Sunday, October 01, 2017

Nice Work If You Can Get It

For weeks I've been hearing rumors about Martin Messner, Secretary-Treasurer of NYSUT, and outstanding proponent of Met Life auto insurance. I've been hearing that his home district, which contains far fewer teachers than my Queens high school alone, would not grant him a leave to continue working at NYSUT.

In a small district, it must be tough to hire people as leave replacements. They're hired for a while, but they can't make a career. They can't get tenure. Maybe the district got tired of not being able to hire a permanent teacher. Thus, no leave and Messner had to choose between his 240K gig at NYSUT and his 60K gig as a teacher.

It didn't sound like a very tough decision to me. Messner campaigned for this NYSUT job and has been at it for over three years now. He ran for re-election, so I suppose he likes the job. It's hard to imagine that he'd choose to go back to a much lower-paying teaching job.

Here's what my sources tell me--Messner has, in fact, gone back to the teaching job. He is deducting the teaching salary from his NYSUT salary and working nights and weekends for NYSUT. So his district pays him 60K and we get him for the bargain basement one-time-only price of 180K. (That's a lot better than some of the gigs UFT doles out. I've met people who'd pretty much sell their souls for 30 bucks an hour.)

My sources tell me that Messner will continue with this work until August, 2018. Let me be the first to say, as someone with no voice or vote in NYSUT, that it's a great honor to pay not only his salary, but also those of his colleagues (none of whom the majority of rank and file New York City high school teachers had any say about). Here's the thing, though--my source tells me that by waiting until August 2018, Messner will be vested in the NYSUT pension system.  So if Messner worked for four years, he's made almost a million dollars. Pension on that could be payable years from now, but must be worth pursuing. I imagine NYSUT officers provide well for themselves.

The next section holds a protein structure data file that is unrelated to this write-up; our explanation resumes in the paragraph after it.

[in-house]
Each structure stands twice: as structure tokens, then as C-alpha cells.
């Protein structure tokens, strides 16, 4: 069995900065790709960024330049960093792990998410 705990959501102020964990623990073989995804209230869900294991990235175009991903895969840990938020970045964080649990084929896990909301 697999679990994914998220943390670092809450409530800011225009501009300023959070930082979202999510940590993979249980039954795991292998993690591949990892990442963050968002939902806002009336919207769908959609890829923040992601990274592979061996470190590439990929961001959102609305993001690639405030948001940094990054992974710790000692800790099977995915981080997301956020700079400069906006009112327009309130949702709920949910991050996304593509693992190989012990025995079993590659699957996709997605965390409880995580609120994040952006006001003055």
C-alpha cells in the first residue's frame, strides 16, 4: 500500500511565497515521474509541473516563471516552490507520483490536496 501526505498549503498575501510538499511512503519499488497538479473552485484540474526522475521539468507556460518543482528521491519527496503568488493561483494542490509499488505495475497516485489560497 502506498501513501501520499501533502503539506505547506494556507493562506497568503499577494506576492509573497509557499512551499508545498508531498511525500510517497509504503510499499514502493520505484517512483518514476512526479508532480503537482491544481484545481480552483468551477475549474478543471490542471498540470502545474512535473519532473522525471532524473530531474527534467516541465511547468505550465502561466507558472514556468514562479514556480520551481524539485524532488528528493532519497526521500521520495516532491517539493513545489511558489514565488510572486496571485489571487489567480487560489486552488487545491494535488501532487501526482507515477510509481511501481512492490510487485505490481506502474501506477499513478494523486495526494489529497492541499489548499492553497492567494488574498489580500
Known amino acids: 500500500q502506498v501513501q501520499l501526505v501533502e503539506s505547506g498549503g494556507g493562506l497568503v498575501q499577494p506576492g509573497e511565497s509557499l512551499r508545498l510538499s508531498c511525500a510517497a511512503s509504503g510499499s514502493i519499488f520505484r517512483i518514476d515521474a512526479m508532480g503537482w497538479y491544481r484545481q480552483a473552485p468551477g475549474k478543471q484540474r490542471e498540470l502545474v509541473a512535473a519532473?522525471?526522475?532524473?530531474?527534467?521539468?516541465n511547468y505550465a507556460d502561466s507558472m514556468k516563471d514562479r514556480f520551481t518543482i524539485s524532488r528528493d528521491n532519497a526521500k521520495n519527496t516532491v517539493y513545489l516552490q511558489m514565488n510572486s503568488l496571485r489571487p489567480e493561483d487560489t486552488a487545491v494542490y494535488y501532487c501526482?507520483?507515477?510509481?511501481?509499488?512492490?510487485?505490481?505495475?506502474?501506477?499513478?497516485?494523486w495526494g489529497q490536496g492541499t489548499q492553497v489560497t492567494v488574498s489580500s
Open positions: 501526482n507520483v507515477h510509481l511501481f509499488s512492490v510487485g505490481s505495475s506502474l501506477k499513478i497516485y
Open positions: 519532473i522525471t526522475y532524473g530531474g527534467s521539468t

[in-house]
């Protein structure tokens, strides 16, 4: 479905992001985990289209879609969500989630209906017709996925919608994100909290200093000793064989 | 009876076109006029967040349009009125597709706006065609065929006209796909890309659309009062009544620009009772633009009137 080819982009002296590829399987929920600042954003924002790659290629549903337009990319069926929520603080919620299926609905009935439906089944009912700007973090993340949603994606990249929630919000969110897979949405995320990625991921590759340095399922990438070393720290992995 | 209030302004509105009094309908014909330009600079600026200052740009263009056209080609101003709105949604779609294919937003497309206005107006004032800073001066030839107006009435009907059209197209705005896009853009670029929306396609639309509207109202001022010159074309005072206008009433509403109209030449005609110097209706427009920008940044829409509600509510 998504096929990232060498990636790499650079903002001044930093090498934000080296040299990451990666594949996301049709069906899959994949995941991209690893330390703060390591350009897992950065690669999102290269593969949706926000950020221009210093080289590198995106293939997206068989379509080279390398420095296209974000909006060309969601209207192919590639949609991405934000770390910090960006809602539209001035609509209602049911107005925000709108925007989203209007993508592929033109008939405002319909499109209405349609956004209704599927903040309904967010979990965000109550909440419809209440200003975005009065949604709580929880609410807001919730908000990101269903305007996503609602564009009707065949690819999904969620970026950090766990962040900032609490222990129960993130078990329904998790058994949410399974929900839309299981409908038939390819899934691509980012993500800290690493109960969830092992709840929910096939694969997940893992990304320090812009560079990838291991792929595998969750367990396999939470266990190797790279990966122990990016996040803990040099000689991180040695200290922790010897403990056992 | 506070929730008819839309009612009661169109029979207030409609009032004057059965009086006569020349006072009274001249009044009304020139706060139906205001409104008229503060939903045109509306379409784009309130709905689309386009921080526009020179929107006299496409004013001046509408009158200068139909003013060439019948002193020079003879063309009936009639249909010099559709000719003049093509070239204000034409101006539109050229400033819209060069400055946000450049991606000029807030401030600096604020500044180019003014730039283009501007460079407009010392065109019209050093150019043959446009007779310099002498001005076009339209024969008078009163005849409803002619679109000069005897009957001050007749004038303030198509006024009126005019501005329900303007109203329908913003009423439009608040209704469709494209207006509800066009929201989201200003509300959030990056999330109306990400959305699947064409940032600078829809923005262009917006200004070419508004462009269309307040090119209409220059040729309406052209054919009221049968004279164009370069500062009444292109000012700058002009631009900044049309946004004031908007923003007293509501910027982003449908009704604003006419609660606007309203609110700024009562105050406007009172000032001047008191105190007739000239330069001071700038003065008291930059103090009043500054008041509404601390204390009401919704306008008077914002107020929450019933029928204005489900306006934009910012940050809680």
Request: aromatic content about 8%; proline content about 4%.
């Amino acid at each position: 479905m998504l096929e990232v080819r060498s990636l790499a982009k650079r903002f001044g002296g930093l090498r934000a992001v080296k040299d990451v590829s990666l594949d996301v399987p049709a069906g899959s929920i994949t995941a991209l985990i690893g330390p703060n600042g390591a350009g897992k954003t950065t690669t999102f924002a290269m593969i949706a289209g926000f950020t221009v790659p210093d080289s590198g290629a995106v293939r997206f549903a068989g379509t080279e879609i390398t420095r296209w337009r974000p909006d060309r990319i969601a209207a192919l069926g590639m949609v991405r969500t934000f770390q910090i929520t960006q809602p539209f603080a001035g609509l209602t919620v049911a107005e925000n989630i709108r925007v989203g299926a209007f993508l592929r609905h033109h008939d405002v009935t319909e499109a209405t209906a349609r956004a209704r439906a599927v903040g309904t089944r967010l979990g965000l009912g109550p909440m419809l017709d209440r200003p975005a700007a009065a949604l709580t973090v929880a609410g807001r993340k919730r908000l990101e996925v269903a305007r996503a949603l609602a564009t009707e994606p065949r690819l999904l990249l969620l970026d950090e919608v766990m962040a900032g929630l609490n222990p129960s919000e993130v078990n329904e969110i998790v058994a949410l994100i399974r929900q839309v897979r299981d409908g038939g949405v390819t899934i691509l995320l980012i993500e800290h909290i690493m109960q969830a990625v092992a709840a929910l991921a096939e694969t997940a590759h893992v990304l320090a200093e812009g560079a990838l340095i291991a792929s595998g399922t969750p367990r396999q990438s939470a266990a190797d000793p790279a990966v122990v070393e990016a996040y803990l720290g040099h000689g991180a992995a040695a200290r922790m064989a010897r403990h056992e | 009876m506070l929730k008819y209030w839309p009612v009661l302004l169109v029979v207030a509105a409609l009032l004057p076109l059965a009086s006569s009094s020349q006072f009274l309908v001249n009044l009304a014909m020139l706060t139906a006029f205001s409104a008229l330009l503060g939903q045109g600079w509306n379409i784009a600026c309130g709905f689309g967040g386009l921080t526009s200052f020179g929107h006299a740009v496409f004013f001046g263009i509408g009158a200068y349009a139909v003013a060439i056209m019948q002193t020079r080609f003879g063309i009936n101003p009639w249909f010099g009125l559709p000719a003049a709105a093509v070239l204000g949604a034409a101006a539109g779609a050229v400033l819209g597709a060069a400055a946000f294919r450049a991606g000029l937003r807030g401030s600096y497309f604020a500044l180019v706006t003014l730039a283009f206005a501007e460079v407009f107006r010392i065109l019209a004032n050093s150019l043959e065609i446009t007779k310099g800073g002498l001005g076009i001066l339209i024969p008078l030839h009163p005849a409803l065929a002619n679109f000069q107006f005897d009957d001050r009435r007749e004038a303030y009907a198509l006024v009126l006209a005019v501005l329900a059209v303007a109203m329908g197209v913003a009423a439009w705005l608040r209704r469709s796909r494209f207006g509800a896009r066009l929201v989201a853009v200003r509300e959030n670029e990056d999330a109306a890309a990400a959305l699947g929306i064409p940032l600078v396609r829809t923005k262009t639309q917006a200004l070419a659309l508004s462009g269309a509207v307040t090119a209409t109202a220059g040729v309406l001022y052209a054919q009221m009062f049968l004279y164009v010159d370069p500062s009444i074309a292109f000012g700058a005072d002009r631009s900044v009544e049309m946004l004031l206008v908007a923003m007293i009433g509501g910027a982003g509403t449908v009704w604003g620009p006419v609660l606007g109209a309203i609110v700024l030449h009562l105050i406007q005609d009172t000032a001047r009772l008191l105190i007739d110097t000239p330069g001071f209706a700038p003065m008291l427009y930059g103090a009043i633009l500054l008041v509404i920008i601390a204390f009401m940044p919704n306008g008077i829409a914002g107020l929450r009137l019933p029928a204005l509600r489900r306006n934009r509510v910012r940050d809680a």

But then you ask yourself--who the hell walks out on a 240K job, a job that certainly must be stimulating and interesting, to take one for a quarter of the salary? I mean sure, it's conceivable that someone could just really, really love the classroom and want to get back to it. But if that's the case, why did Messner apply for a leave to work at NYSUT in the first place?

Messner could certainly have resigned his teaching job and stayed on at NYSUT. That's what Lee Cutler did, years ago. Lee is a great person, and getting to know him was one of the great benefits of running a quixotic campaign for Executive Vice President of NYSUT a few years ago. Lee is now a school principal, of all things. But I digress.

I love being a teacher. But I also love being a chapter leader. I love representing and fighting for my colleagues. I don't fault Messner at all for seeking and taking the NYSUT job. I'd certainly have done the same.

What I kept asking myself, though, is what on earth would make me give up a quarter-million dollar job for a 60K job? Does that make sense to you? It's not like the NYSUT gig entails working a chain gang or going down into a coal mine or something.

Why would I take a 75% pay cut to leave an interesting and challenging job? You know why I would do it? I would do it if I believed that Janus was going to eviscerate NYSUT. I would do it if I thought my NYSUT gig was so risky it might disappear at any time, and that I'd be better off with a secure 60K job to take care of my family.

Nonetheless, if I were a NYSUT officer, that would be a very dangerous message to send. I wouldn't do that. I'd be saying I had no faith in my organization. And by the way, if my job were treasurer, I'd also be a little uneasy sending out the message that my nights and weekends, after working full time as a teacher, were worth 180K a year.

Of course I'm neither a NYSUT officer nor a treasurer, so what could I know?
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